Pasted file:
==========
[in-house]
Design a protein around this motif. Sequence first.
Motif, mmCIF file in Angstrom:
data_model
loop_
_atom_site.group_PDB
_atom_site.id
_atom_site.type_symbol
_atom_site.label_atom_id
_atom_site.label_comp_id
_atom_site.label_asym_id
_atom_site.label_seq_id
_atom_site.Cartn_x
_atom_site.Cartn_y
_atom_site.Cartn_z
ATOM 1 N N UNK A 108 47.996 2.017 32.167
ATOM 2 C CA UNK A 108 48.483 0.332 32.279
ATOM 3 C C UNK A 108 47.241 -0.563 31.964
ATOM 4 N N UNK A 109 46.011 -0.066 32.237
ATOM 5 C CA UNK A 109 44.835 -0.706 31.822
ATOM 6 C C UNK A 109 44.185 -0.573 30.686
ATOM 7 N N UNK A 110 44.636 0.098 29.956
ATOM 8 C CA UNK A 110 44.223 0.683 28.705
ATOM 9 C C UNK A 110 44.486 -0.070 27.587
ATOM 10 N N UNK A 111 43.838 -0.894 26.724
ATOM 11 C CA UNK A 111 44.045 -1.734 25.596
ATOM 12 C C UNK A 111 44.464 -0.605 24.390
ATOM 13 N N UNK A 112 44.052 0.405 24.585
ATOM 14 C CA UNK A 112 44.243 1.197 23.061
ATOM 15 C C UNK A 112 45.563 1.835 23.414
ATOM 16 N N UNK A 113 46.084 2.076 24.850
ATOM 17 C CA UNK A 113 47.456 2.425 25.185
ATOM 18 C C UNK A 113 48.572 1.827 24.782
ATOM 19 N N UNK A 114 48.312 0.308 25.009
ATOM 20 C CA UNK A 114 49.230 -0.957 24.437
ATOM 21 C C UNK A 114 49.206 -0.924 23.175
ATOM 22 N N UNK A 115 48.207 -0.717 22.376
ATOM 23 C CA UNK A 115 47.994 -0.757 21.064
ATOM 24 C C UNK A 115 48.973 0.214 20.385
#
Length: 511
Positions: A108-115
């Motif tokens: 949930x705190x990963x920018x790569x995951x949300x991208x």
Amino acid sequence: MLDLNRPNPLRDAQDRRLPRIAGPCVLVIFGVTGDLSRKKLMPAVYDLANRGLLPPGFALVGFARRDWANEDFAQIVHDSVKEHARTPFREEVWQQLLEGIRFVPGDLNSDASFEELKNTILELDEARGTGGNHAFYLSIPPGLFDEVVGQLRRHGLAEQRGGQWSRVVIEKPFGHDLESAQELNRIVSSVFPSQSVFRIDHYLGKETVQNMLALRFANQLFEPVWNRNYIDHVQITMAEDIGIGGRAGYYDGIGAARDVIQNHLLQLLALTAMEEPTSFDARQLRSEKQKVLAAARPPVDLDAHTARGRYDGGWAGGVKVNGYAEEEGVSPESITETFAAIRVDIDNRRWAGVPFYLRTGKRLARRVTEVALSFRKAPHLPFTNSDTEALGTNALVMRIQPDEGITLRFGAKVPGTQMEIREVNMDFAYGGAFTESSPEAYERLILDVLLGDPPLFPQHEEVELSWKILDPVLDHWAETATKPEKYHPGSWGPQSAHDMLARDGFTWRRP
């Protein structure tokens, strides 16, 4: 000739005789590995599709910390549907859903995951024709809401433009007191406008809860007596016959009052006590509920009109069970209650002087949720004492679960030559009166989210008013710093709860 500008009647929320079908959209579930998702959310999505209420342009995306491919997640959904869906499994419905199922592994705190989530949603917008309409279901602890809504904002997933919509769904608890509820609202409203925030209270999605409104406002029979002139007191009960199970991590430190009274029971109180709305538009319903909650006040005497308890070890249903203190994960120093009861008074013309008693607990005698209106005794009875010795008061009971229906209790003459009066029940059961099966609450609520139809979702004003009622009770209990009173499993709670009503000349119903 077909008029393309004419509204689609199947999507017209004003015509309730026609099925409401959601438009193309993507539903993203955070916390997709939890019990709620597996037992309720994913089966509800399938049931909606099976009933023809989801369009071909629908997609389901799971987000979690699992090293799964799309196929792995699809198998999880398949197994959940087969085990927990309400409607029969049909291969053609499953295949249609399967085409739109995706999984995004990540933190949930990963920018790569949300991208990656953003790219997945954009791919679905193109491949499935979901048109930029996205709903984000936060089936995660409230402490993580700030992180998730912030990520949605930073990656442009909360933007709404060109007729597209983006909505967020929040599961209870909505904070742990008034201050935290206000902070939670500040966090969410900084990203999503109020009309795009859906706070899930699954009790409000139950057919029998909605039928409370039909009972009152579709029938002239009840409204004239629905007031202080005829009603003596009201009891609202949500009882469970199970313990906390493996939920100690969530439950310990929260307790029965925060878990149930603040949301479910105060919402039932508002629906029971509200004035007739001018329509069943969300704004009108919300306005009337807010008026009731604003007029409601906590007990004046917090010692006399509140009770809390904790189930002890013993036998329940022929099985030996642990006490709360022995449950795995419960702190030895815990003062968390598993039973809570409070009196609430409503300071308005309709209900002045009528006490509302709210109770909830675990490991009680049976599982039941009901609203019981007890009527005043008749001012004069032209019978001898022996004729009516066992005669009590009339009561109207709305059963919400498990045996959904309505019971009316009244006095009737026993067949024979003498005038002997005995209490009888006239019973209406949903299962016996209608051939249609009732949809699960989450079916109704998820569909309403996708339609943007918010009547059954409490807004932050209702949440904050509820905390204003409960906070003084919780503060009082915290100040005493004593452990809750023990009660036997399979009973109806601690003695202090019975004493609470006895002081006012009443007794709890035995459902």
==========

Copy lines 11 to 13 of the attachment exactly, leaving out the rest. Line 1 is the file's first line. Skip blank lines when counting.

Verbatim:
_atom_site.label_asym_id
_atom_site.label_seq_id
_atom_site.Cartn_x